I came to Washington, DC for a couple of days to do some onsite research at the U.S. Holocaust Memorial Museum (USHMM) about the St. Louis. In the sweltering heat, I waited outside for the museum to open with several scheduled tour groups. All I wanted to do was to get to work. I had printed out the call numbers of the folders I needed, including the materials the survivors I interviewed had donated to the museum. I had scheduled a meeting with a museum historian. I was totally prepared, or so I thought.
Archival skills are a must
I was directed to the Library and was beside myself when I realized I had lost all my genealogical research skills over the years. You see, I had neglected to contact the Library ahead of time and discuss my research needs. All the materials I wanted to access are stored offsite and by the time they were pulled and sent to the museum, I’d be back in New Jersey. I was close to tears about my huge faux pas.
But, the good news is that I can share my rediscovered tips for onsite primary research with all of you.
- Go to the museum website and check out collections and archives online, to the extent you can.
- Prepare yourself for doing book research, primary document research, and photo research.
- Bring your USB drive along with change. Depending on the venue, be prepared to save scanned document images to your USB drive (this is the procedure at the USHMM) or be prepared to photocopy your documents.
- Have a champion onsite. Whether it’s one of the librarians, archivists, and/or historians, make sure someone is there to champion your cause and guide you to the materials you need. I found the staff at the USHMM to be incredibly helpful and gracious.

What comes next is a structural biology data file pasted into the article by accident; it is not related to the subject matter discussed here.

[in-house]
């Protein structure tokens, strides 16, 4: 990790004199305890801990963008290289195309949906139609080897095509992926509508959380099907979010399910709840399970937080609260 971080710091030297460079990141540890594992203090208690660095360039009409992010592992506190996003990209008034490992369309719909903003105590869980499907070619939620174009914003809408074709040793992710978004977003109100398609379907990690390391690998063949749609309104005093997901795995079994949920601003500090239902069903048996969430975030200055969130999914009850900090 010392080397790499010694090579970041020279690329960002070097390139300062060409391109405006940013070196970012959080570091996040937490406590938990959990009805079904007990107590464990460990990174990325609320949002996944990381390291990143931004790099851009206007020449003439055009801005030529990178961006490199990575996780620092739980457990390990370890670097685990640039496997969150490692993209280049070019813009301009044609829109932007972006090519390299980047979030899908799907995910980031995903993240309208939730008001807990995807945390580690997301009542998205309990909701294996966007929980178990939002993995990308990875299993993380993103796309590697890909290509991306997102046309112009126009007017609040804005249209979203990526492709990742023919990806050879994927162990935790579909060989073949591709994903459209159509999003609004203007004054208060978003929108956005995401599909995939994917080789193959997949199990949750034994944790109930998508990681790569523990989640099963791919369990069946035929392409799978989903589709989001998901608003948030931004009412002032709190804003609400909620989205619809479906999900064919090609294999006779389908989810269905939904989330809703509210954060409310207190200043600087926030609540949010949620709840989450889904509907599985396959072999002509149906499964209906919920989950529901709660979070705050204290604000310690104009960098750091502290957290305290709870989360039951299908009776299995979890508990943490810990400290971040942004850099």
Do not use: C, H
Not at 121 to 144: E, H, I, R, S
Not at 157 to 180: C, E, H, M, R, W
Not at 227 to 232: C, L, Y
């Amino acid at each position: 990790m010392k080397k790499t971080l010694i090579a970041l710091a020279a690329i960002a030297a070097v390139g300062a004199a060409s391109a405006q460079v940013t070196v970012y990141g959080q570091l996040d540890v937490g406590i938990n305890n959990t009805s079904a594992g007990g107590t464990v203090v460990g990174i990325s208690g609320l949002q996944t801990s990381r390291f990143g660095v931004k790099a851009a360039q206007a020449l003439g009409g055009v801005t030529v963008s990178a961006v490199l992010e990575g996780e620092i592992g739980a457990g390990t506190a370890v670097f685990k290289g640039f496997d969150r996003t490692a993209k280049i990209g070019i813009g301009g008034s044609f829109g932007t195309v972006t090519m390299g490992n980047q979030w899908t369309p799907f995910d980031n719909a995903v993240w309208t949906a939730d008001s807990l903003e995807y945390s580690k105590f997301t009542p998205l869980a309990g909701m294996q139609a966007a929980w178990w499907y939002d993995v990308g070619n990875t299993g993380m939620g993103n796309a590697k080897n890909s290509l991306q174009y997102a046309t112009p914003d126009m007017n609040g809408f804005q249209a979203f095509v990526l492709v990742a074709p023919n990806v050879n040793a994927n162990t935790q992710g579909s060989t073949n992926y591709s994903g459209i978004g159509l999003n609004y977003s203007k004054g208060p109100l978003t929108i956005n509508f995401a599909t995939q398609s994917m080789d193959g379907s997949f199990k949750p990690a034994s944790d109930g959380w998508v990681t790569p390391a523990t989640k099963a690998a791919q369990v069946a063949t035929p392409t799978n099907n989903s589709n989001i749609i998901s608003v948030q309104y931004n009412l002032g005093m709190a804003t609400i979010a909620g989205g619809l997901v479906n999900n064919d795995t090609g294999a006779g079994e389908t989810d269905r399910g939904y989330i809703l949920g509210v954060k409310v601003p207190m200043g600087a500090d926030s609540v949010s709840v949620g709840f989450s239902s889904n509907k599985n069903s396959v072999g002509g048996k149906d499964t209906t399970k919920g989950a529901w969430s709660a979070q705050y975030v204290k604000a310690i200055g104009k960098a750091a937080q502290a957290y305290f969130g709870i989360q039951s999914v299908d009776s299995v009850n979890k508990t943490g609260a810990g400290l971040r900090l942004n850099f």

- Ask who on staff might be willing to vet your manuscript for historical accuracy.
- Check the hours before you go. Thankfully, I knew from the USHMM website that they were having a special event yesterday and would open 30 minutes later (hence the long wait outside).
Using the Shoah Foundation collection
Since I wasn’t able to access the collections I wanted, one of the librarians suggested I use the Shoah Foundation Institute for Visual History and Education collection, accessible online only at a few institutions, including the USHMM, University of Southern California, University of Michigan, and thankfully, Rutgers University. You have to be onsite to use this collection. When I plugged in the keywords SS St. Louis (although technically, it’s MS St. Louis), I found 88 testimonies, including several of the survivors I’ve interviewed myself. However, since the Shoah interviews took place in 1995-1996, I found my interviewees had different things to say. Note that some of the testimonies may take time to cache, so you may have to plan for additional research time.
Question for you: How do you prepare yourself for a research trip?